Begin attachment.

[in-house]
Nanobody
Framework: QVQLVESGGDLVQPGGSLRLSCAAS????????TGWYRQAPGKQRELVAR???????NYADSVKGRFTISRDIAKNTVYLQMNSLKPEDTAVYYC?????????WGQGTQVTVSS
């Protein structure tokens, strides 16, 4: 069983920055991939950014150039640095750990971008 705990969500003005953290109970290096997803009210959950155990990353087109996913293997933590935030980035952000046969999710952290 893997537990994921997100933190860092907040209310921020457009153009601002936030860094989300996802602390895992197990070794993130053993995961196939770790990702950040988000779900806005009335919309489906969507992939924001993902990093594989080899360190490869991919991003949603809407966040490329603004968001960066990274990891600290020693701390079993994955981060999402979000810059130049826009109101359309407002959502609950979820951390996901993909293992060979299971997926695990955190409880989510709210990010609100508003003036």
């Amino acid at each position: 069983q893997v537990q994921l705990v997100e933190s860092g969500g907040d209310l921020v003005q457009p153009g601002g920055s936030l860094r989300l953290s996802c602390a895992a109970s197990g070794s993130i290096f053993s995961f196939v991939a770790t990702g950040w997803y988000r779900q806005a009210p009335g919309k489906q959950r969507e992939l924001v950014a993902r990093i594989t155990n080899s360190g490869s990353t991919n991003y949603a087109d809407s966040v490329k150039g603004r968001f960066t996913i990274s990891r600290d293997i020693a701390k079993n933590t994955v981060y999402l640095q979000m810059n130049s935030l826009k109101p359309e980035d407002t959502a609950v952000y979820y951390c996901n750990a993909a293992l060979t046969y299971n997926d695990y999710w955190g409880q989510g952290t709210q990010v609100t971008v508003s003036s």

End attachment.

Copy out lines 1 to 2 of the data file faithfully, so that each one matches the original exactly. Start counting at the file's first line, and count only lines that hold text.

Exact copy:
[in-house]
Nanobody